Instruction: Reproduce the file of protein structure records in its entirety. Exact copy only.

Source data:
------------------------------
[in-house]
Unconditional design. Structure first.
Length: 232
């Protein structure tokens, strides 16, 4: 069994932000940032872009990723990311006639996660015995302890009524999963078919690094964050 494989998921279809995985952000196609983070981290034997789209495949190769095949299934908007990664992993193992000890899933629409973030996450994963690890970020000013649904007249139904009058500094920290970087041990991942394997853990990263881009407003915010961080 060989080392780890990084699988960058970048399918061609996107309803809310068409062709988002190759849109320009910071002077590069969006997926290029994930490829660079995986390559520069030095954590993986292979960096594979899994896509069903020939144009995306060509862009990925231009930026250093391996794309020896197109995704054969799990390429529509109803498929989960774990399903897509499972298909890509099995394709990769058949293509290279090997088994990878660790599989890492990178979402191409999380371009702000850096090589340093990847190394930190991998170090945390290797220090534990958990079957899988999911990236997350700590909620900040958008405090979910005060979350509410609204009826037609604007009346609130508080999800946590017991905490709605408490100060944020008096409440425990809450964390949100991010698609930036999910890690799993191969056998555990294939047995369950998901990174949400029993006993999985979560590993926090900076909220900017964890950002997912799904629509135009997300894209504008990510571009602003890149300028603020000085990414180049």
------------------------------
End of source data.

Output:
[in-house]
Unconditional design. Structure first.
Length: 232
């Protein structure tokens, strides 16, 4: 069994932000940032872009990723990311006639996660015995302890009524999963078919690094964050 494989998921279809995985952000196609983070981290034997789209495949190769095949299934908007990664992993193992000890899933629409973030996450994963690890970020000013649904007249139904009058500094920290970087041990991942394997853990990263881009407003915010961080 060989080392780890990084699988960058970048399918061609996107309803809310068409062709988002190759849109320009910071002077590069969006997926290029994930490829660079995986390559520069030095954590993986292979960096594979899994896509069903020939144009995306060509862009990925231009930026250093391996794309020896197109995704054969799990390429529509109803498929989960774990399903897509499972298909890509099995394709990769058949293509290279090997088994990878660790599989890492990178979402191409999380371009702000850096090589340093990847190394930190991998170090945390290797220090534990958990079957899988999911990236997350700590909620900040958008405090979910005060979350509410609204009826037609604007009346609130508080999800946590017991905490709605408490100060944020008096409440425990809450964390949100991010698609930036999910890690799993191969056998555990294939047995369950998901990174949400029993006993999985979560590993926090900076909220900017964890950002997912799904629509135009997300894209504008990510571009602003890149300028603020000085990414180049």